You'll believe a man can fly.
That was the tagline on the poster for the 1978 "Superman" movie starring Christopher Reeve.
That was also the first thought that popped into my head when I saw Jonathan Allen launch himself airborne to sack Texas A&M quarterback Trevor Knight in October.
I believe that Allen, the University of Alabama's senior defensive lineman, is the best college football player in the country this year.
That's why I voted for him for the Heisman Trophy.
Truth is, I knew when I cast my vote last Monday that the young man from Leesburg, Va., really didn't have a chance to win the sport's most coveted individual award, but that really didn't bother me. Defensive players stand little or no chance of winning the Heisman, and that's a shame; but my task is to vote for the player whom I believe most merits the award, so that's what I did.
My methodology for voting, since I first was honored with the opportunity to vote for the Heisman in 1993, has been to vote for the best player I see with my own eyes. Covering Alabama, and the SEC, usually gives me a chance to see someone deserving. That doesn't mean that player is always going to have a shot — I've voted for quarterbacks and running backs, of course, but also defenders and offensive linemen — but it does mean I've actually seen more than some statistics and a few highlights of the player who gets my vote.
This year, Allen was that guy.
In the span of the last week, he has won the Chuck Bednarik Award and the Bronko Nagurski Trophy — both of which go to the top defensive player in the land — as well as the Ted Hendricks Award, which honors the collegiate game's best defensive end.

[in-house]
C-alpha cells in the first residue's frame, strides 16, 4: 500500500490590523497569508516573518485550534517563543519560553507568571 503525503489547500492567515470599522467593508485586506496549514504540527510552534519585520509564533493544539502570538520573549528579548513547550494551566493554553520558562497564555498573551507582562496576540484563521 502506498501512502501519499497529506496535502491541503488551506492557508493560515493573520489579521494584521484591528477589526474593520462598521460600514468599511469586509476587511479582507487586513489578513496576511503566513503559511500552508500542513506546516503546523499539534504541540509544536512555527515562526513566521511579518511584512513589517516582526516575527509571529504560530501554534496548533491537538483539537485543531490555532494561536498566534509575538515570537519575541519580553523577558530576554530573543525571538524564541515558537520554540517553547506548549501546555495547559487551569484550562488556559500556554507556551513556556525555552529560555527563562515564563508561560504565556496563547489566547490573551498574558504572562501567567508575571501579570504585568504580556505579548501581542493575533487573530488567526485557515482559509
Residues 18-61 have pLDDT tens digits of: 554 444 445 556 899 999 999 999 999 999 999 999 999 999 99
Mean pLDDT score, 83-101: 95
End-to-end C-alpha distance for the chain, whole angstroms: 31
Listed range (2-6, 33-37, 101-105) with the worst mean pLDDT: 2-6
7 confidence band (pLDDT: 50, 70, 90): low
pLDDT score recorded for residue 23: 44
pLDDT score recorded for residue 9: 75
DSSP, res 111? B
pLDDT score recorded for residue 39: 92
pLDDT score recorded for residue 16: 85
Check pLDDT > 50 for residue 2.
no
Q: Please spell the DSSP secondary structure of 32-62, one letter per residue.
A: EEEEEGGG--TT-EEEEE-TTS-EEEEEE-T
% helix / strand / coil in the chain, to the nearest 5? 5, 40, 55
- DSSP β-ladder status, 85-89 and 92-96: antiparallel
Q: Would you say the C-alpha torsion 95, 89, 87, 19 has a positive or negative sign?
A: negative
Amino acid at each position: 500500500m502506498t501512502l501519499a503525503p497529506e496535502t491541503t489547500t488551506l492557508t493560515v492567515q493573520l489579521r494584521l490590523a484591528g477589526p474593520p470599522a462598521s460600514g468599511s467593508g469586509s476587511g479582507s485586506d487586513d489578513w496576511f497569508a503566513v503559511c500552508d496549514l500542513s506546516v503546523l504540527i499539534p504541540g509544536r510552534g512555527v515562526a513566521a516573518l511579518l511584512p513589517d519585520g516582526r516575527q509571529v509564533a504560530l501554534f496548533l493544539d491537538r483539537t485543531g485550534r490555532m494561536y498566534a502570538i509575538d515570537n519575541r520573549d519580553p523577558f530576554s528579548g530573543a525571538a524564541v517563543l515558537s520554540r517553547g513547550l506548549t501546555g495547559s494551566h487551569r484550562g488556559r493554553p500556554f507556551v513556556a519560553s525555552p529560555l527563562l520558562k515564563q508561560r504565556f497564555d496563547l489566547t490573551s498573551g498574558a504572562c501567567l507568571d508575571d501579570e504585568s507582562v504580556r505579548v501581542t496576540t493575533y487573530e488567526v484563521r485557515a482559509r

That goes along with a bundle of All-America and All-SEC honors.
Allen has earned the hardware. His statistics — 15 quarterback hurries, 8.5 sacks among his 13 tackles for loss, 56 total tackles, a couple of fumbles returned for touchdowns — are impressive, especially on a best-in-the-nation defense that forces him to compete for stops with the likes of Reuben Foster, Tim Williams, Ryan Anderson, Shaun Dion Hamilton and a host of other standouts.
His real value, however, lies in how disruptive he is: how often he draws double-team blocking, and how often he still makes a play. The website ProFootballFocus.com does a lot of film breakdown and analysis, and determined that Allen leads all collegiate interior linemen in quarterback pressures — counting sacks, quarterback hurries and hits on quarterbacks — and ranked him in the top three nationally in productivity on both run and pass plays.
It's a shame that Allen never really stood a chance to win the Heisman Trophy. He would tell you that he'd much rather win another national championship than he would an individual award, but there's no reason he shouldn't at least have had a realistic chance to earn it regardless of what position he plays, or on which side of the ball.
The Heisman ballot also has spots for voters to recognize second and third place. I voted Louisville's Lamar Jackson second and Clemson's Deshaun Watson in the No. 3 slot. Both quarterbacks are outstanding players and did remarkable things this season.
From my perspective, Allen outshines them both.
Because I believe a man can fly. I saw it with my own eyes.
Reach Tommy Deas at email@example.com or at 205-722-0224.